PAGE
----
Brahms Double-

On to happier thoughts.

I thought it would either be rather interesting or completely, mind-crushingly dull to chart my preparation, in all it’s mundane quirkiness of a specific work or two this year.

So, still moving a bit slow from the long trip to America, I’ve begun to try to get back at music for a couple of hours a day. First up is a piece I’m not doing until November, the Brahms Double Concerto, which I’m playing with Suzanne in Boston.

This will be the second time I’ve played the Brahms- the last time was with a different violinist, though. However, it has been about 6 years, so the first thing I did was hack through the piece (no mean feat considering I hadn’t played in a couple of weeks) to see how things were.

Brahms is hard to play when you’re well prepared and in good shape, and no more need be said of that first play through, except that my wife at least recognized the piece.

After a cold beer and a little cry, I decided to strategize. I’ve decided that this year, I’m going to try to have the discipline to try and make my cello preparation more like my conducting preparation and my conducting preparation more like my cello preparation.

This means that I want to do a lot more cello prep away from the instrument, and that I really want to learn all the scores as if I were conducting them- I’m going to analyze, mark, dissect and bang through on the piano every Beethoven Quartet or Klein Trio as if I were going to conduct them from memory. I’m hoping this will not only enrich my understanding of the pieces, but also help me feel more focused and centred when I play them by sharpening my generative hearing.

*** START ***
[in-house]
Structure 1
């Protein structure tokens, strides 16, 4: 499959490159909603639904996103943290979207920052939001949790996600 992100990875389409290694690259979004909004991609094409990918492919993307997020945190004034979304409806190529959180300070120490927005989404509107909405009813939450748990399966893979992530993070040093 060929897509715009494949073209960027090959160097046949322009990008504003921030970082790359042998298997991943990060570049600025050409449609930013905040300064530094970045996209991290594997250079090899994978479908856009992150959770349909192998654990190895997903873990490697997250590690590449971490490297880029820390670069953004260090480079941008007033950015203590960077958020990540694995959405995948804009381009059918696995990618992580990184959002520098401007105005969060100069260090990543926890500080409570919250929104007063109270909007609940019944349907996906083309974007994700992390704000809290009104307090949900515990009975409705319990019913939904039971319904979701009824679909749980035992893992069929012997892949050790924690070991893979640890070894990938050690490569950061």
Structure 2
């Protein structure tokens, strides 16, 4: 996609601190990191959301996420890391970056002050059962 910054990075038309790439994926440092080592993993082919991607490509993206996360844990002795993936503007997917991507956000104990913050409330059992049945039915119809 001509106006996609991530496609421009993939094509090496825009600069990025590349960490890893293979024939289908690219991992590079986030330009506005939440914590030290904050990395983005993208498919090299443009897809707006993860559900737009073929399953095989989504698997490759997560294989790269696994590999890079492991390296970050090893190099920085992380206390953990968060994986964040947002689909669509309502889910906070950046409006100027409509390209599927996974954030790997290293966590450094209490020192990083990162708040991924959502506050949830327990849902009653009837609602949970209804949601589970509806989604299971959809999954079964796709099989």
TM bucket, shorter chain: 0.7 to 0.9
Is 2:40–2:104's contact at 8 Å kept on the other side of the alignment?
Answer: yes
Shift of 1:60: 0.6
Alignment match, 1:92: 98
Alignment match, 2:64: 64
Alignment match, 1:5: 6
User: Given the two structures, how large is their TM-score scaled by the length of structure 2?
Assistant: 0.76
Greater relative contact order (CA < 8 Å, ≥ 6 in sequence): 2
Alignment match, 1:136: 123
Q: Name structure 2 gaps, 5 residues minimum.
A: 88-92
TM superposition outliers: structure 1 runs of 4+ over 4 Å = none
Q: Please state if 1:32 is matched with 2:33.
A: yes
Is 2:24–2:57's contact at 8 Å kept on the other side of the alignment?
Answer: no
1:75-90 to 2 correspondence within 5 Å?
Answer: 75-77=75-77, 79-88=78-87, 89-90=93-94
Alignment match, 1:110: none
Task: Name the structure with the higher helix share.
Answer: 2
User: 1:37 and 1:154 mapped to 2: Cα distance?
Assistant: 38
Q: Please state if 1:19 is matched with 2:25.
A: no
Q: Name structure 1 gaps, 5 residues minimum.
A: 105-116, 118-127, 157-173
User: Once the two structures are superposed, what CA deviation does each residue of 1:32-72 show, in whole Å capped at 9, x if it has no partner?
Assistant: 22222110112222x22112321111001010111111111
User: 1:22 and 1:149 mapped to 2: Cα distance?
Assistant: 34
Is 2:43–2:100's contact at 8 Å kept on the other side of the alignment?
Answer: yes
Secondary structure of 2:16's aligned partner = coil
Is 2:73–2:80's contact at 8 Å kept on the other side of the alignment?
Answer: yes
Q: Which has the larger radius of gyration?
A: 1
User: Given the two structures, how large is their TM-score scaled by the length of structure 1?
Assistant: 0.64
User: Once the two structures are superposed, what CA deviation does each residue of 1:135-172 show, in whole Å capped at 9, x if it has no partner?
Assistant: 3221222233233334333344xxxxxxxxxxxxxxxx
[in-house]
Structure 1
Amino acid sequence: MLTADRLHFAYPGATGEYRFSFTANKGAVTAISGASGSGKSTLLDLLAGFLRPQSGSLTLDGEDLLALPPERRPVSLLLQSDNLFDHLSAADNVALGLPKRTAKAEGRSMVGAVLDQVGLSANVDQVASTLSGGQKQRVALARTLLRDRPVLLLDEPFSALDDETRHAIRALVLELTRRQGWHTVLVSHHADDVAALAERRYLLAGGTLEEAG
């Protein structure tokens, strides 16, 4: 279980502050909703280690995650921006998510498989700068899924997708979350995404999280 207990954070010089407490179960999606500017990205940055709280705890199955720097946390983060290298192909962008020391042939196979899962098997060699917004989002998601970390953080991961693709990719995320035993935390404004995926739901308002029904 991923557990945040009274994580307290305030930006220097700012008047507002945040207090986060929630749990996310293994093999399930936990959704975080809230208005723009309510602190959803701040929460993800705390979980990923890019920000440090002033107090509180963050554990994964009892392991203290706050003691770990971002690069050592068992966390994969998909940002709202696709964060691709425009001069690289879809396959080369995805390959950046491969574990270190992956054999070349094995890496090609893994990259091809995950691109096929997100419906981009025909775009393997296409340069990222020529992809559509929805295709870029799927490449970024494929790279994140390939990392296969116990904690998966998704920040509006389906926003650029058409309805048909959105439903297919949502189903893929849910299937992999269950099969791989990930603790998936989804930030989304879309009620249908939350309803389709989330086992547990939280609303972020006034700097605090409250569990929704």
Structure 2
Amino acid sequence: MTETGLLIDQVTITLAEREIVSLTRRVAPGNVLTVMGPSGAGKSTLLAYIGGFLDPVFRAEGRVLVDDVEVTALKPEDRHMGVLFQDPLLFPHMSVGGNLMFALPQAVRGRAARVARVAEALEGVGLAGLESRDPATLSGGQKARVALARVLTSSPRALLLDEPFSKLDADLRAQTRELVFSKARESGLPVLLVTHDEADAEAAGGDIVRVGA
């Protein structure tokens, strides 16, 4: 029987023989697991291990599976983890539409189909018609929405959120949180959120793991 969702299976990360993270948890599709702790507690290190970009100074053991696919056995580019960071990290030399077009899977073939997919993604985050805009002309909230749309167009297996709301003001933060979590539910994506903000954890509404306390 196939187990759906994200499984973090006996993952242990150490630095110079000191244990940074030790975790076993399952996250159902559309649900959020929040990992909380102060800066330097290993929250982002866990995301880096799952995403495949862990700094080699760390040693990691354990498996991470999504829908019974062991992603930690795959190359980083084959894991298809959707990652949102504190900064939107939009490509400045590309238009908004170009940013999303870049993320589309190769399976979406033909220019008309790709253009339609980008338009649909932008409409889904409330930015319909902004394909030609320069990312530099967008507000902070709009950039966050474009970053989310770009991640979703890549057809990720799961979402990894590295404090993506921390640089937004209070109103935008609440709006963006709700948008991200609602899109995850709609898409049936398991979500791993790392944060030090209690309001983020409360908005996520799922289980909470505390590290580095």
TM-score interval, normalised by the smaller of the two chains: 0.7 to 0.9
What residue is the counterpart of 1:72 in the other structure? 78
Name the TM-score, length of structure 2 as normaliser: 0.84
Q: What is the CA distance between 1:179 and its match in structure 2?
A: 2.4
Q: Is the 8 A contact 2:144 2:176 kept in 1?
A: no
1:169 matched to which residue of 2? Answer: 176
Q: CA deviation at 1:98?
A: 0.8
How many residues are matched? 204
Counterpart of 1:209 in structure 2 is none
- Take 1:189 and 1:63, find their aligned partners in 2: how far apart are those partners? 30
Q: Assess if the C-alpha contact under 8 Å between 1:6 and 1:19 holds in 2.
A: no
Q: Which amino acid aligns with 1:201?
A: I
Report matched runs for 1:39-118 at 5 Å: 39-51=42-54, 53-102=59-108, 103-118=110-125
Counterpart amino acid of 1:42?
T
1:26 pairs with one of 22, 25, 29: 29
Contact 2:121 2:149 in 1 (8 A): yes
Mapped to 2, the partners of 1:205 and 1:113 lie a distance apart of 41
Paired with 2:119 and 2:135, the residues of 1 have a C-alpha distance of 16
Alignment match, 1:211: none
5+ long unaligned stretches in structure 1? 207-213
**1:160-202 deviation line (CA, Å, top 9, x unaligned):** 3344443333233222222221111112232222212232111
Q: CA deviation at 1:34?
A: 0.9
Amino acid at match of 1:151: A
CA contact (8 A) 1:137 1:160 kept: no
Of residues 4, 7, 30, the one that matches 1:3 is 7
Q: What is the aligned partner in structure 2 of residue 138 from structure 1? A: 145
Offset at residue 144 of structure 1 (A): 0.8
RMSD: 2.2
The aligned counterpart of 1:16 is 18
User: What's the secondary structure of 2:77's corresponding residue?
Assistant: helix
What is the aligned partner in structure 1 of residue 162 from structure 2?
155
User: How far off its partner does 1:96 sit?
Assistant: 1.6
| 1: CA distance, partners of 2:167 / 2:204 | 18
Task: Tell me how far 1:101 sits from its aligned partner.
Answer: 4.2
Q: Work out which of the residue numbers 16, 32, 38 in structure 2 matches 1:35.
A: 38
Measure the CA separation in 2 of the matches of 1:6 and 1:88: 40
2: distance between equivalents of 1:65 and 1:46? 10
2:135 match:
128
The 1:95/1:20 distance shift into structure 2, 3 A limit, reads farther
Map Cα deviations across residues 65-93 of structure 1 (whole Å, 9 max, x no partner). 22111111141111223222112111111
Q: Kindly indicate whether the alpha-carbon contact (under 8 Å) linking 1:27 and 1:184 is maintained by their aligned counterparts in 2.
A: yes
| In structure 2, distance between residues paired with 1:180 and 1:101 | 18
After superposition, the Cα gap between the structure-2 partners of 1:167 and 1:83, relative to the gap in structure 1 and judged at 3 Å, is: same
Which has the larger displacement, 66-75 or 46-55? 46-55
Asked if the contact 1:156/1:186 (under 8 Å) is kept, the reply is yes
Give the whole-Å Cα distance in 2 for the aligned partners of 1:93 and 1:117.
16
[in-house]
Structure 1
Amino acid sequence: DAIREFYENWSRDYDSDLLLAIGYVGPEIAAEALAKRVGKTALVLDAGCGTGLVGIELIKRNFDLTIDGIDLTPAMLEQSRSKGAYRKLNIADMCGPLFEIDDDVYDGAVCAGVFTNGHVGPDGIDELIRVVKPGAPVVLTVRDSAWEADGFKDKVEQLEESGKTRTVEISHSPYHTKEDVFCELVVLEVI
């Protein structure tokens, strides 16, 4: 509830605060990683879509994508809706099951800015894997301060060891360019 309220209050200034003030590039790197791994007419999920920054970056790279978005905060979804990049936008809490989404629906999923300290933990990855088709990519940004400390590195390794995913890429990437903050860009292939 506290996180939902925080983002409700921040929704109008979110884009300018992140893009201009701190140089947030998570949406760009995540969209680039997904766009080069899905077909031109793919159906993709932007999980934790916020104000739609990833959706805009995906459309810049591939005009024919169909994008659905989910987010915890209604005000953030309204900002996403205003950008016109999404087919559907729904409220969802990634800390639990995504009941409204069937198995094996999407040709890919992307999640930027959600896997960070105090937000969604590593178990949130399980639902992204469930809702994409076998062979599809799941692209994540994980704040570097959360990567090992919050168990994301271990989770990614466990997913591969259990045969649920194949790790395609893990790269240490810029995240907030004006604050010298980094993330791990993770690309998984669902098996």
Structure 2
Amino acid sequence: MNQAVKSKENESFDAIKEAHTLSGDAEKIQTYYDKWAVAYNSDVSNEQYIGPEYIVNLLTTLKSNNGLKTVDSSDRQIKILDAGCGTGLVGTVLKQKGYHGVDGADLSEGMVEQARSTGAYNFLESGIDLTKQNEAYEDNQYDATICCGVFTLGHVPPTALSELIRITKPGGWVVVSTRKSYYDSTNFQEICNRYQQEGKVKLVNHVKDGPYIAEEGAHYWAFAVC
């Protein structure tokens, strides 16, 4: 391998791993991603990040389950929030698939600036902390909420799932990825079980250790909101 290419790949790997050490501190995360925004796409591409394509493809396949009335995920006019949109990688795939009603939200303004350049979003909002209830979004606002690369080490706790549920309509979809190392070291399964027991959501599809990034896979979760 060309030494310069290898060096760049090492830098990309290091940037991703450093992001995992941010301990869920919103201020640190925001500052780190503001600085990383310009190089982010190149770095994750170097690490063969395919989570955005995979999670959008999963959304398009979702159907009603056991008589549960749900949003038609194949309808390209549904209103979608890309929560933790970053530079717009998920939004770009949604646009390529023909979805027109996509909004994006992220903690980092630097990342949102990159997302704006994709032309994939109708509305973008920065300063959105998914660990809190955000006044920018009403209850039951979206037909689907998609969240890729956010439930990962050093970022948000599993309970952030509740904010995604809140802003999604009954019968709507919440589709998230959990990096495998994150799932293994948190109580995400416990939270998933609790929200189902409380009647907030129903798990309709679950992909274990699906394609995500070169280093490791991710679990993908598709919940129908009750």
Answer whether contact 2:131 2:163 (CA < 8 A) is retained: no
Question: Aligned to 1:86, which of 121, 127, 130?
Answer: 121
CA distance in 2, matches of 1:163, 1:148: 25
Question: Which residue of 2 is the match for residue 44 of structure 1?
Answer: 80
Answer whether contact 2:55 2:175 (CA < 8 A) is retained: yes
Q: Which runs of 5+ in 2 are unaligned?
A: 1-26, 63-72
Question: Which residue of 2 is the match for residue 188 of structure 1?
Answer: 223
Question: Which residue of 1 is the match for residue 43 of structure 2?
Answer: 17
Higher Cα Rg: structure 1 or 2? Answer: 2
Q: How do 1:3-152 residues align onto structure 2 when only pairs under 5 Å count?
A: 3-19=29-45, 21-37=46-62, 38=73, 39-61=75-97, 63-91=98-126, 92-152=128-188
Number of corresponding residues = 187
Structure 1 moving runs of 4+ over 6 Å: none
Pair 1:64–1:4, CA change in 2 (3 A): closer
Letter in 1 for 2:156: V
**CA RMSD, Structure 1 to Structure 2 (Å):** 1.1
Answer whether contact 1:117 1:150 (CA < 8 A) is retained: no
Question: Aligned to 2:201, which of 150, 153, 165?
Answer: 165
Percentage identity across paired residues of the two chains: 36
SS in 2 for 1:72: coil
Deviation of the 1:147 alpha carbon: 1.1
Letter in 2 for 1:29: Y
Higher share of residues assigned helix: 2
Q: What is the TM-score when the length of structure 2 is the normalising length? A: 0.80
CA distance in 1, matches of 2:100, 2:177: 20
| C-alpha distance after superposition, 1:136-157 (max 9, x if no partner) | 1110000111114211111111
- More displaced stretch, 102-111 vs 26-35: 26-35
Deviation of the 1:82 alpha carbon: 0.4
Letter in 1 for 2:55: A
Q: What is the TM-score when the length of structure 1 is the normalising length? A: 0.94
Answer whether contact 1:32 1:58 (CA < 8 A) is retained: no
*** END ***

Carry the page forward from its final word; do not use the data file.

With pieces I’m conducting, I want to work on getting the music deeper into my body before rehearsals. So much of my work is under physically disadvantageous situations- whether it is driving 3 hours and pulling up at the door five minutes before conducting a Schumann symphony or waking up after a short nap at the end of a trans-Atlantic flight. That kind of travel schedule means I tend to be even more vulnerable to the dangers of tightening up when the orchestra struggles a bit. I’ve got a lot of tricks for managing that in rehearsals, but I also feel that finding ways of knowing how I want to get the sound of the piece in my arms and posture will help me deal with the bumps and bruises of travel and work.